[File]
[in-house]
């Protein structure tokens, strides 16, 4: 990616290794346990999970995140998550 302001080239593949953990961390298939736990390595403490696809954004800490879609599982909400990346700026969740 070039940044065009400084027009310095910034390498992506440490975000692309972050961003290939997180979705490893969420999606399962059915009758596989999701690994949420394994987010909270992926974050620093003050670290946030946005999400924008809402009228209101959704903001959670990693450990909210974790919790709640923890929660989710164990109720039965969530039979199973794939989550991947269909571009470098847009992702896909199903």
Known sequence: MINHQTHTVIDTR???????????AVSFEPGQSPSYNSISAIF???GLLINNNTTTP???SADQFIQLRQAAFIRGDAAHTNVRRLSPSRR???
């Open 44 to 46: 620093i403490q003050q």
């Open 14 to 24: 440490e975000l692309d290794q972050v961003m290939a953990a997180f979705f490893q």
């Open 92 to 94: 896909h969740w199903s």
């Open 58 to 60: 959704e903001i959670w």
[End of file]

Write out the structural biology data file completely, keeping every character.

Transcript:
[in-house]
């Protein structure tokens, strides 16, 4: 990616290794346990999970995140998550 302001080239593949953990961390298939736990390595403490696809954004800490879609599982909400990346700026969740 070039940044065009400084027009310095910034390498992506440490975000692309972050961003290939997180979705490893969420999606399962059915009758596989999701690994949420394994987010909270992926974050620093003050670290946030946005999400924008809402009228209101959704903001959670990693450990909210974790919790709640923890929660989710164990109720039965969530039979199973794939989550991947269909571009470098847009992702896909199903």
Known sequence: MINHQTHTVIDTR???????????AVSFEPGQSPSYNSISAIF???GLLINNNTTTP???SADQFIQLRQAAFIRGDAAHTNVRRLSPSRR???
């Open 44 to 46: 620093i403490q003050q």
């Open 14 to 24: 440490e975000l692309d290794q972050v961003m290939a953990a997180f979705f490893q």
């Open 92 to 94: 896909h969740w199903s």
């Open 58 to 60: 959704e903001i959670w």